The belief that students should compete for grades is not new. It is called “grading on the curve” or “norm-referenced” evaluation. The opposite is “criterion-referenced” evaluation. Generally, I avoid these terms because they are bombastic and because there is no practical difference between them. For example, is the SAT a norm-referenced or criterion-referenced test? In theory, all students can get a good score. In reality, the test is carefully designed to ensure a bell curve. Thus, the SAT is a norm-referenced test, with the “norming” done in advance. The same is true of teacher-designed tests. Teachers rarely grade on the curve after the fact; they arrange this beforehand by adjusting the difficulty level of assessments. A test that is too easy is followed by a more difficult one and will be made harder for next year’s class. Since teachers are expected to keep averages within a reasonable range, they give norm-referenced tests that masquerade as criterion-referenced tests. Even if the true intent is to measure ability without sorting students, this is defeated when grades are used to decide honors, scholarships, and college admissions.

Our focus on sorting students, rather than ensuring mastery, means that many students do not receive proper intervention and correction, causing them to grow increasingly despondent. Their response to failure is shared by most people – and most dogs.

In 1965, Martin Seligman was a graduate student at the University of Pennsylvania. While performing learning experiments on dogs, he was surprised to find that some did not respond to mild electric shocks. Upon further investigation he discovered that, in previous trials, these dogs had been restrained while being shocked. Since prior attempts to flee had been futile, they learned to accept shocks, even though their circumstances had changed to permit escape. This phenomenon, now called “learned helplessness”, arises when subjects believe they cannot control their environment and become passive as a result.      

Learned helplessness manifests itself in schools as absenteeism and apathy. It is the direct result of our dysfunctional grading system. When a student receives 60%, they are 40% wrong and are being punished for their mistakes since no opportunity is given to improve their grade. The threat of poor grades forces students to check their work and raises standards. Unfortunately, enthusiasm and self-confidence are the cost. Students learn that nothing they do is good enough and that they are powerless to control their environment. Constant academic insufficiency also hurts teachers, who discover that nothing they do impacts learning or interest. They feel powerless because lessons are never fun enough, assignments are never marked fast enough, and grades are never high enough.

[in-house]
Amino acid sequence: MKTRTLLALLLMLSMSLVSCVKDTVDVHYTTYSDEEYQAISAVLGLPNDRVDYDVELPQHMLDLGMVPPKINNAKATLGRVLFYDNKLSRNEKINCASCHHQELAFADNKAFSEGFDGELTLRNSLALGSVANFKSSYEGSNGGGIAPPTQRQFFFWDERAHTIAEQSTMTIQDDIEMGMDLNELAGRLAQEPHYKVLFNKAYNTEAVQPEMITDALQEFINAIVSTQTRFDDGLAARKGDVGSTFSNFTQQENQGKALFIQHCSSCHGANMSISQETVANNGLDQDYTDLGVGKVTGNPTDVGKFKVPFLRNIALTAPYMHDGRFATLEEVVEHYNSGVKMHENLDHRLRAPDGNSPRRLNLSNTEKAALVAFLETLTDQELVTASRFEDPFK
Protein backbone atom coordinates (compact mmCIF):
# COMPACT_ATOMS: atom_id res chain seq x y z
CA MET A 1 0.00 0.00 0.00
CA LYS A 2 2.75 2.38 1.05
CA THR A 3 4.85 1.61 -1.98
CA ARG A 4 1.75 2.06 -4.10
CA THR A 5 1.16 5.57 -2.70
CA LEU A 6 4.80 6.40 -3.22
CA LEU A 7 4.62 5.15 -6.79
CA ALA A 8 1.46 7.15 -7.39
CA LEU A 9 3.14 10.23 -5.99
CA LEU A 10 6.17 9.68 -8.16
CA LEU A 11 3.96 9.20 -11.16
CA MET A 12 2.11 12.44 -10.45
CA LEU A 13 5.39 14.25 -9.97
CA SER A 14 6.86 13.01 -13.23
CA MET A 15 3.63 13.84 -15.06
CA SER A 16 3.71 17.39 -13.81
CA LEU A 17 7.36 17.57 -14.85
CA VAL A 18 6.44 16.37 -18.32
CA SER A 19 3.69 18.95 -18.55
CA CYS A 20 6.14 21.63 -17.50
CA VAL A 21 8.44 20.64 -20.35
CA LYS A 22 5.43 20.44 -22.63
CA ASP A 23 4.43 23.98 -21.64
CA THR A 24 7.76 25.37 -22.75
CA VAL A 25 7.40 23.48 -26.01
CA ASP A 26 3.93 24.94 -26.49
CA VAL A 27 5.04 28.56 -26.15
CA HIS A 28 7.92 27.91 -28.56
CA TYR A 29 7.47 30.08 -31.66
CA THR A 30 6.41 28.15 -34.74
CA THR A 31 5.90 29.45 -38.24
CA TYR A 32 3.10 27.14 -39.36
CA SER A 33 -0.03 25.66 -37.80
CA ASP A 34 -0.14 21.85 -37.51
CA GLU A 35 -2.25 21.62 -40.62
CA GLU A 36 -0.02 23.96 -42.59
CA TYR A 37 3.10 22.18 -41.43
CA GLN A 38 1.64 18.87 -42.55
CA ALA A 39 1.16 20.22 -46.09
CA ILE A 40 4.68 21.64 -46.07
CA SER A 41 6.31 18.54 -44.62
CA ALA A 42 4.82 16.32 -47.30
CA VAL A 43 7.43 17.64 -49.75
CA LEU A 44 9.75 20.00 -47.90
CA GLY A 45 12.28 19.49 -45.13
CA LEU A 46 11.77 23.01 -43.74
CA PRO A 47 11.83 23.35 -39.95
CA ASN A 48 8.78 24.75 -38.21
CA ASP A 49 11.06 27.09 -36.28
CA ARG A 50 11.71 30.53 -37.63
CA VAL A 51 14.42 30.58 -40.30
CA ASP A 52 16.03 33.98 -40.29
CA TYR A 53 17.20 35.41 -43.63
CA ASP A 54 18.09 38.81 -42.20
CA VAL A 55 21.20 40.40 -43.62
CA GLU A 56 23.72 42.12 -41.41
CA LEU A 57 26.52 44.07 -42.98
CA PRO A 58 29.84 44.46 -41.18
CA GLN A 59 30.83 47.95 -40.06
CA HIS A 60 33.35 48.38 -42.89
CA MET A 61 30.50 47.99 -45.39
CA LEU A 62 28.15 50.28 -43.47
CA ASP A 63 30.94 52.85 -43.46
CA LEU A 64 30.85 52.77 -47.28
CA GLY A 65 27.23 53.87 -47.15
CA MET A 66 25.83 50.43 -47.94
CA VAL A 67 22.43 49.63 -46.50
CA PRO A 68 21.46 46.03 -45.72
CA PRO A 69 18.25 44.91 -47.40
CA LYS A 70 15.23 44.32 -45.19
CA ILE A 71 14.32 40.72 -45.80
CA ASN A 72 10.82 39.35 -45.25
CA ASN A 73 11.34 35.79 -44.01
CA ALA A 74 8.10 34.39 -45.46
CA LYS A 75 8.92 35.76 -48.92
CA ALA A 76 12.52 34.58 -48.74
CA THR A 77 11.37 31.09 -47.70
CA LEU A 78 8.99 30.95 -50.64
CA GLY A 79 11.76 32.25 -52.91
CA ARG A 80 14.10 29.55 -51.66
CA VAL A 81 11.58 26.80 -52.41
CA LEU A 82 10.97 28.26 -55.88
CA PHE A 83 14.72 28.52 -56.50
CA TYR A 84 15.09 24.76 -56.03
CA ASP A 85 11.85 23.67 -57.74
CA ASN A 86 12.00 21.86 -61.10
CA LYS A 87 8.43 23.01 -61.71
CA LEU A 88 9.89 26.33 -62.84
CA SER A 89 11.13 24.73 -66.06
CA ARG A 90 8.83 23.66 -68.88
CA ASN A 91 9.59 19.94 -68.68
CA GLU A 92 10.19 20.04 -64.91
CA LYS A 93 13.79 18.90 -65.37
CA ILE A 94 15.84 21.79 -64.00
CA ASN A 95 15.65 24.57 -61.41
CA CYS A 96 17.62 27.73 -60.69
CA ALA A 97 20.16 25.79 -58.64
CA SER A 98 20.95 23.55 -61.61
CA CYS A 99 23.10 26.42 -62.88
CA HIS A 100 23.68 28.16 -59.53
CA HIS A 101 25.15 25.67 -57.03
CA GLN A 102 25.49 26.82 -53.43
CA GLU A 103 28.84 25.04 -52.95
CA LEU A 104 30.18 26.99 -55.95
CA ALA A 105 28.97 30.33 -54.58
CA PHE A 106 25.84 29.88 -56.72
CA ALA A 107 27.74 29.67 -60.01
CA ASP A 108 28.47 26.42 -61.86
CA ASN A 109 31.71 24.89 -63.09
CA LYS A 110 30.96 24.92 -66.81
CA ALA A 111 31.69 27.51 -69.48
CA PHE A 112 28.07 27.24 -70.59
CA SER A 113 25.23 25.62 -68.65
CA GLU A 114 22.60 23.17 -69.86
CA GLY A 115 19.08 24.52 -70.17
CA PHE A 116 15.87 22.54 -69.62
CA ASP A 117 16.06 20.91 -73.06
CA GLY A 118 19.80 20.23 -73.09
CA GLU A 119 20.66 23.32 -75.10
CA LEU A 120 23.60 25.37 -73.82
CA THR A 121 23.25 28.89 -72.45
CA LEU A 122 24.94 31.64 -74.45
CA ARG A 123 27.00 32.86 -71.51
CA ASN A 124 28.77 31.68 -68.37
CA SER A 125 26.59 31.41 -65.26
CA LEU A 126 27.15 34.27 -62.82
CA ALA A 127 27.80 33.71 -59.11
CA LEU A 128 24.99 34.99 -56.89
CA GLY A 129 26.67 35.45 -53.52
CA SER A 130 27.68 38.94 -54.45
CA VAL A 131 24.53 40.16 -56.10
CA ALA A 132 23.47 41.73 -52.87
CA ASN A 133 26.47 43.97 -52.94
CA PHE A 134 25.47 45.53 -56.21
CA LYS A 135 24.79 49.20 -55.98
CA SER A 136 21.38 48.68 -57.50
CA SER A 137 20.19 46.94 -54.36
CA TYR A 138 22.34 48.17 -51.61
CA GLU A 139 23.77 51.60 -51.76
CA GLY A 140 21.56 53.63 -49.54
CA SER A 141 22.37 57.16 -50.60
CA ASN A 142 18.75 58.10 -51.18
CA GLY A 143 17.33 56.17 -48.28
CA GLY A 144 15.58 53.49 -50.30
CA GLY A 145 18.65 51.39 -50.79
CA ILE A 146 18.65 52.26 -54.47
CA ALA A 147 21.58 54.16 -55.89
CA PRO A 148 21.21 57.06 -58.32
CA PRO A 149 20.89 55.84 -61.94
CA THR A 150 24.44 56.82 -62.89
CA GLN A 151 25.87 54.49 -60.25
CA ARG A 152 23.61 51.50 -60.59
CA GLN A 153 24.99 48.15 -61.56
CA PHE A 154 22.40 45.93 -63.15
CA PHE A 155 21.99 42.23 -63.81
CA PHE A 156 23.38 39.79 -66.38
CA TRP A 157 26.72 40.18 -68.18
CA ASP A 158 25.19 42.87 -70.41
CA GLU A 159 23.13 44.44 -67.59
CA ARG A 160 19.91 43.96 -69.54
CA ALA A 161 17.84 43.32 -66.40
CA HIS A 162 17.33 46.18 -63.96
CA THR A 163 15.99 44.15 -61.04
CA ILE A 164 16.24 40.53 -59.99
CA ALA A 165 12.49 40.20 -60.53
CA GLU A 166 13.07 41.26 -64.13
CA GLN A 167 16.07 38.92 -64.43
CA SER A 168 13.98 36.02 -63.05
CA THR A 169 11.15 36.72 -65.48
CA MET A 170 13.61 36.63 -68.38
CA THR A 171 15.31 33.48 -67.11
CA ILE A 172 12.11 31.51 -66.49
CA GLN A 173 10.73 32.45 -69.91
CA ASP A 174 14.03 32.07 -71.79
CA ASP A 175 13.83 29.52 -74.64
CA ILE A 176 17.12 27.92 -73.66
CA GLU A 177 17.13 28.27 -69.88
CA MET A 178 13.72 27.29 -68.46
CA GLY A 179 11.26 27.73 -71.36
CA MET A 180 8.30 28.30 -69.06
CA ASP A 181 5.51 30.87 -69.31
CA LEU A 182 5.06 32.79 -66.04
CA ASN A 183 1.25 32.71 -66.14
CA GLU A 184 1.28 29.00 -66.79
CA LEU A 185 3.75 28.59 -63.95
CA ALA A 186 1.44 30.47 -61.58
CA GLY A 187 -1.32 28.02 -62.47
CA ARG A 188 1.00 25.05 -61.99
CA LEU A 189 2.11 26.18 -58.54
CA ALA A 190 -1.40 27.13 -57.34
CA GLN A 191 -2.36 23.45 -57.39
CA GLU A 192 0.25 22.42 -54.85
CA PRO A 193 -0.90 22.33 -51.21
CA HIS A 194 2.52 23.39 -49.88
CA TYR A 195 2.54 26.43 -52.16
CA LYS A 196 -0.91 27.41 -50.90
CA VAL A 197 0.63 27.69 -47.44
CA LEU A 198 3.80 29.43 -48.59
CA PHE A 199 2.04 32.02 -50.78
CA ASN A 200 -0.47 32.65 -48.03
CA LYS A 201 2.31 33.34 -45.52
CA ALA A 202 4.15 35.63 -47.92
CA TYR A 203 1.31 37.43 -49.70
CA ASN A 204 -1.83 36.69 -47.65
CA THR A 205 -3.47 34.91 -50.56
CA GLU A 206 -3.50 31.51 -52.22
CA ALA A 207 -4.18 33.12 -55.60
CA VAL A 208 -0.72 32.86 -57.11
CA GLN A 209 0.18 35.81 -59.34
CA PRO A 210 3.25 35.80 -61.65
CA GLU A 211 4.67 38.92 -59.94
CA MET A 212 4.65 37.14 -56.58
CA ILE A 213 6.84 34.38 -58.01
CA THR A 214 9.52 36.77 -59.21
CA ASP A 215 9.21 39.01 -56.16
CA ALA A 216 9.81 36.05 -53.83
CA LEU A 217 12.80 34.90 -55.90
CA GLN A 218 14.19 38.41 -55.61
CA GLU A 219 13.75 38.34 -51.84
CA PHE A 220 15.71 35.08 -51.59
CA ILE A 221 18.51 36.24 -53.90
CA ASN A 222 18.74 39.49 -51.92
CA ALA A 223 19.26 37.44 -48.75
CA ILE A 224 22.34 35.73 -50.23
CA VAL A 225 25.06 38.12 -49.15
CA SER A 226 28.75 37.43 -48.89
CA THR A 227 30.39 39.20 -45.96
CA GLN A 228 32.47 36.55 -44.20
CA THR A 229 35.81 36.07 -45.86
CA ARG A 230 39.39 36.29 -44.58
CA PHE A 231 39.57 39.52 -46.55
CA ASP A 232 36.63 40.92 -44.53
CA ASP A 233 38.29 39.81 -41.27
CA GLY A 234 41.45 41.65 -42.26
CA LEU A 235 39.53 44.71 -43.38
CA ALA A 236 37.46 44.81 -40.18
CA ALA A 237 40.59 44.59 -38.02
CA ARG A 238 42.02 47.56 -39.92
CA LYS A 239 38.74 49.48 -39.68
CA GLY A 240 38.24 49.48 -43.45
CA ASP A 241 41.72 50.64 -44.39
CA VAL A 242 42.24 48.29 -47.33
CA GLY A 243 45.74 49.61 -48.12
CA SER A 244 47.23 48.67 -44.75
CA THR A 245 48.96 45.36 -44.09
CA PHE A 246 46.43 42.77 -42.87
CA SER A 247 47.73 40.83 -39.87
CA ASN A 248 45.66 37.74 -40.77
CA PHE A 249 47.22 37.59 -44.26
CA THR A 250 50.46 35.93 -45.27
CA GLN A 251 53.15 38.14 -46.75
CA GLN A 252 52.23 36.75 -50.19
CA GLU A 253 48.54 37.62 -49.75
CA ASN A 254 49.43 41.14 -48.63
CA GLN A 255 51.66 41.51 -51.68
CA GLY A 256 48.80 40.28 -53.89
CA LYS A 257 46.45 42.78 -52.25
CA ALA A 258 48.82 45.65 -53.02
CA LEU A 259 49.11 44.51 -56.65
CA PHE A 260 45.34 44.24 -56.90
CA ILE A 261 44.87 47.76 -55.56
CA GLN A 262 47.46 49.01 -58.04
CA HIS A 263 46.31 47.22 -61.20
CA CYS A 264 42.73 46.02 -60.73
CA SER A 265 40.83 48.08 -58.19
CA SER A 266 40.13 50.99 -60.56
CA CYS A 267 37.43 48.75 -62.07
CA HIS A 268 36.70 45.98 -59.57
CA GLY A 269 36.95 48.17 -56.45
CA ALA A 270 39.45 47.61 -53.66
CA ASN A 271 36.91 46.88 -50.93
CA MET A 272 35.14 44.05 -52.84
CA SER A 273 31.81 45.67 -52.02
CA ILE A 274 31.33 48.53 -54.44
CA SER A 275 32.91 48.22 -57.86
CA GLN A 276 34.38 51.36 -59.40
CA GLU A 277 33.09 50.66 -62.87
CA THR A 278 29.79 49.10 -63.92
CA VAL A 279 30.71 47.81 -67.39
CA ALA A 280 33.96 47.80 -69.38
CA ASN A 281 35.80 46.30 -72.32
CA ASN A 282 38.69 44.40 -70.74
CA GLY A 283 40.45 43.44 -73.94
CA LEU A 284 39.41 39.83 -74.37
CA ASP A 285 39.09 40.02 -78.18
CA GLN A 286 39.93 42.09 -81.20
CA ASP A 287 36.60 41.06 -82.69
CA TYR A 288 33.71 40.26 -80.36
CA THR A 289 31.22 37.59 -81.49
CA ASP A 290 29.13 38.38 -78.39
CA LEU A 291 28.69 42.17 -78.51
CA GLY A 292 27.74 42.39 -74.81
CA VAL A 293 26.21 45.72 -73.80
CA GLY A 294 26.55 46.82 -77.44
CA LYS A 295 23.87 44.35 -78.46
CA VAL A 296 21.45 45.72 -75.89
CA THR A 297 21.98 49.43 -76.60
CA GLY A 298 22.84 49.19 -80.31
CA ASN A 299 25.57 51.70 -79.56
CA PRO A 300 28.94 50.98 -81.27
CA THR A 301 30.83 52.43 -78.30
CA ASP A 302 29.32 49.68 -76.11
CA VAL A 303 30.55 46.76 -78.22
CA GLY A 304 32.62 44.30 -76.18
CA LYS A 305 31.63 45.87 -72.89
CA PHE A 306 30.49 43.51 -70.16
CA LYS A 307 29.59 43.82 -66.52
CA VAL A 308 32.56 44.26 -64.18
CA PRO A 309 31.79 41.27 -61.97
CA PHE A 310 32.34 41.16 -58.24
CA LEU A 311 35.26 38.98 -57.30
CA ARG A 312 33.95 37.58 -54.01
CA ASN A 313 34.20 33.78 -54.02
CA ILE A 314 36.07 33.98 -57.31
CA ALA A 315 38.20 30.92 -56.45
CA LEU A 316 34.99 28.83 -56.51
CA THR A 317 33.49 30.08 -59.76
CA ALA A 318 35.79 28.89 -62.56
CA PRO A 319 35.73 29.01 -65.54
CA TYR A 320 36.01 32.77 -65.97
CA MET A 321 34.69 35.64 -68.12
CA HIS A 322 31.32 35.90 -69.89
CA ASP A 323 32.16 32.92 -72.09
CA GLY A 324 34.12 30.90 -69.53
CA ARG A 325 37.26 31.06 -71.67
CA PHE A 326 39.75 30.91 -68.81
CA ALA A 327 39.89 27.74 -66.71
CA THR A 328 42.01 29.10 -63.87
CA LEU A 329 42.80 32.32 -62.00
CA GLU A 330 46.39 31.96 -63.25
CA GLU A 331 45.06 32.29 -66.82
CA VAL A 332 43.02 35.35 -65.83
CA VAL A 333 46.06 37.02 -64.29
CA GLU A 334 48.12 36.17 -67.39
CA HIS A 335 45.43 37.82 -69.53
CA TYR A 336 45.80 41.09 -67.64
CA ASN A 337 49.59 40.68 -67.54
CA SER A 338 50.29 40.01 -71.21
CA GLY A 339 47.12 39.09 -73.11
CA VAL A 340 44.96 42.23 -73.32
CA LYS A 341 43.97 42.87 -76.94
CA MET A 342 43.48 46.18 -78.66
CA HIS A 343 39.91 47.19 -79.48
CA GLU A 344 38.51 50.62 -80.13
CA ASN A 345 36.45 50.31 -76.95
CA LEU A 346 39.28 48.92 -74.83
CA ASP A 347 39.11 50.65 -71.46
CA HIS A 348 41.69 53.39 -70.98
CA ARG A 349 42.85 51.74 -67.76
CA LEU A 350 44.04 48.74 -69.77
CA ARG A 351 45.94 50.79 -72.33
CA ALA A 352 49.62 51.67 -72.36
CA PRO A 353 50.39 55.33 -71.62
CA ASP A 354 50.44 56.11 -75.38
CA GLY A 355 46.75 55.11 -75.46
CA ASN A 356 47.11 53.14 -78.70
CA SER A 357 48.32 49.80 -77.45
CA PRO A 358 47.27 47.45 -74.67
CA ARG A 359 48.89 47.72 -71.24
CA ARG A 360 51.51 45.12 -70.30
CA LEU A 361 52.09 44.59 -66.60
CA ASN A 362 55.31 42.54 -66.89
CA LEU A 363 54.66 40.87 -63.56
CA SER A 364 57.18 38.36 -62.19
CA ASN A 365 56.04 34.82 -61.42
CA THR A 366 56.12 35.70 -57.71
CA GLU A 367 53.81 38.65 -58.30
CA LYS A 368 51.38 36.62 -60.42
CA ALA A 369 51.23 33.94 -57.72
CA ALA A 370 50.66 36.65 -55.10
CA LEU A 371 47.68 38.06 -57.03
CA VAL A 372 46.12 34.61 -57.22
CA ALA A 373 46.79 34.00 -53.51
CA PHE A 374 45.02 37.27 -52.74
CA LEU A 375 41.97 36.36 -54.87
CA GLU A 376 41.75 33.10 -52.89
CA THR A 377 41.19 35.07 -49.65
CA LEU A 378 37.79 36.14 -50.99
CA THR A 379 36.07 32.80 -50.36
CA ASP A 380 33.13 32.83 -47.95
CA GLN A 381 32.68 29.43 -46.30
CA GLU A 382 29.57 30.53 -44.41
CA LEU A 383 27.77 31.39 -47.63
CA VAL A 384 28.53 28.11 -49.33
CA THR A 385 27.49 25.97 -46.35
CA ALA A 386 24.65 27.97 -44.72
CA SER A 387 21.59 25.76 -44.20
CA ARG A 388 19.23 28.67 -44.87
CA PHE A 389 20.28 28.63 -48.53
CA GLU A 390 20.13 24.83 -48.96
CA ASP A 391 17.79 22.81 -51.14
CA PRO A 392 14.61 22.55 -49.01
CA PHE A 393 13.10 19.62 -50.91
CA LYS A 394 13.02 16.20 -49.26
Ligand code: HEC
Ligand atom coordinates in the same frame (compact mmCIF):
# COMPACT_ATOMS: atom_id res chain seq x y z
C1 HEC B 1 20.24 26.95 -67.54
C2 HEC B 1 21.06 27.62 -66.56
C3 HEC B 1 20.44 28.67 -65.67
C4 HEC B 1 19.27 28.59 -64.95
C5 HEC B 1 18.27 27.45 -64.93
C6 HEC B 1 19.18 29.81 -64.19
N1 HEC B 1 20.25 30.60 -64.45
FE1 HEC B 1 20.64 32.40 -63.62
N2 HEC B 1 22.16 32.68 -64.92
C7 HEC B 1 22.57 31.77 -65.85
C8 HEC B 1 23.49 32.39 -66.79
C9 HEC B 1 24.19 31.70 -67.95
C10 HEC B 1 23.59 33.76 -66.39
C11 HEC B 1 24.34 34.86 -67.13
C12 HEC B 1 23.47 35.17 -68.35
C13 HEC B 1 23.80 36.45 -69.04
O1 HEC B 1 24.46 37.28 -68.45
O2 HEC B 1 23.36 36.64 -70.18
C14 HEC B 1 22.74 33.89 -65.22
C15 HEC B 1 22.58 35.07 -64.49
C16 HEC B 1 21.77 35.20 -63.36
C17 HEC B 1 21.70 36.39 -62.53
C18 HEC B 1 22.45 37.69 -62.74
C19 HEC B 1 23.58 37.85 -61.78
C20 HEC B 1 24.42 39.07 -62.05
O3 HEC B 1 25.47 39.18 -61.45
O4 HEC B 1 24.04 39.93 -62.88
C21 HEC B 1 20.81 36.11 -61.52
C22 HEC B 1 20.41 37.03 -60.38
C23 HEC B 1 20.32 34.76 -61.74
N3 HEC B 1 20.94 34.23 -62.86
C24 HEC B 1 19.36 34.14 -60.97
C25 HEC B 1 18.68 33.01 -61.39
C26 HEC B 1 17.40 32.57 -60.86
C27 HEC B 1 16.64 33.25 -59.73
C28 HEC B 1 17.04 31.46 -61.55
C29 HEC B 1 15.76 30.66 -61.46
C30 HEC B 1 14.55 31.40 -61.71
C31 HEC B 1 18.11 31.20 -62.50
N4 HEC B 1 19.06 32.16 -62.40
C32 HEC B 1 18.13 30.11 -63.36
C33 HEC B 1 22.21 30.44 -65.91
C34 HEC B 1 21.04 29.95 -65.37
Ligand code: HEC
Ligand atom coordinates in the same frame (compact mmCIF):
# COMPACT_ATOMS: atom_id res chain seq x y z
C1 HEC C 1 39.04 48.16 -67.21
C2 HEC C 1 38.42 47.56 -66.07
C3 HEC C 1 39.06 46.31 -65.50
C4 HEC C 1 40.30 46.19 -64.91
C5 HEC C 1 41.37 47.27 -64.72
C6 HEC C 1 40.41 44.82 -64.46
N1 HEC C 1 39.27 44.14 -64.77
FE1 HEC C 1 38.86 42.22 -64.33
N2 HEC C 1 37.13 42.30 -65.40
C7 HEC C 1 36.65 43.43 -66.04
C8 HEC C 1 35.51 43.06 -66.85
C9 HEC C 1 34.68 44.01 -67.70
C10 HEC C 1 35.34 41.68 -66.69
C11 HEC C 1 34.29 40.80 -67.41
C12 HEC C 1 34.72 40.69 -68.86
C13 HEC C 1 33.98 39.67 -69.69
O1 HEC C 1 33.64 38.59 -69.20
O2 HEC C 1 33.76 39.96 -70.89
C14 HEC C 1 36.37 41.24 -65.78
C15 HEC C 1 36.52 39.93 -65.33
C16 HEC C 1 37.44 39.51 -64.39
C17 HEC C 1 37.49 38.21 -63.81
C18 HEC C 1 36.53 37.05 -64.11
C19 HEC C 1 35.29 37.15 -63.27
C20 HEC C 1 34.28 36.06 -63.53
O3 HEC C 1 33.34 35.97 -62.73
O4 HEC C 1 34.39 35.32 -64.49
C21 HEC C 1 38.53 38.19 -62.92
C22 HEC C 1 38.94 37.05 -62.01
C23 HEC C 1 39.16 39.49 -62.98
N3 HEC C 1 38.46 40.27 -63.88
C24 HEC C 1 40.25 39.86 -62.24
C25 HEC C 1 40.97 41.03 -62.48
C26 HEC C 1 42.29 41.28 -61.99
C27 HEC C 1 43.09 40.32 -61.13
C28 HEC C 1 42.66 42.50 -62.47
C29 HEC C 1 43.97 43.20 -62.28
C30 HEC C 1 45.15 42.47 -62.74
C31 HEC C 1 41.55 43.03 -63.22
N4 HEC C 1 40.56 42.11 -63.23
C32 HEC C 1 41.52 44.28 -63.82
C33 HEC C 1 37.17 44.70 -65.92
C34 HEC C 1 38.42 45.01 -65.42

Teachers as well as students may be inappropriately passive, and it is possible that learned helplessness is implicated in poor teaching, discipline problems, withdrawal, dissatisfaction, absenteeism, and turnover on the part of teachers.

– Christopher Peterson

Let me make a suggestion. Grades should never be used unless followed by clear explanations and opportunities to correct mistakes. Giving a student 60% and then moving on to a new topic means we are giving up on their learning. It is disrespectful, destructive, and has no place in a sane learning environment. The only reasonable response is, “Okay, you don’t really understand what we’re doing; let’s do it again until you get it right.” Rather than accepting or encouraging failure, we should insist on complete understanding from all students, all of the time. A student who does poorly on a task should revisit it until mastery is achieved. The consequence for a poor performance should not be a bad grade but the additional time required to fix inadequate work. Rather than “I’m stupid” and “I can’t do this,” students should be saying, “I need to work harder” and “I can do this if I invest enough time.”

It’s not that I’m so smart, it’s just that I stay with problems longer.

– Albert Einstein


next: The Technology Solution


This is an excerpt from Chalkbored. Order the book here to learn more about ...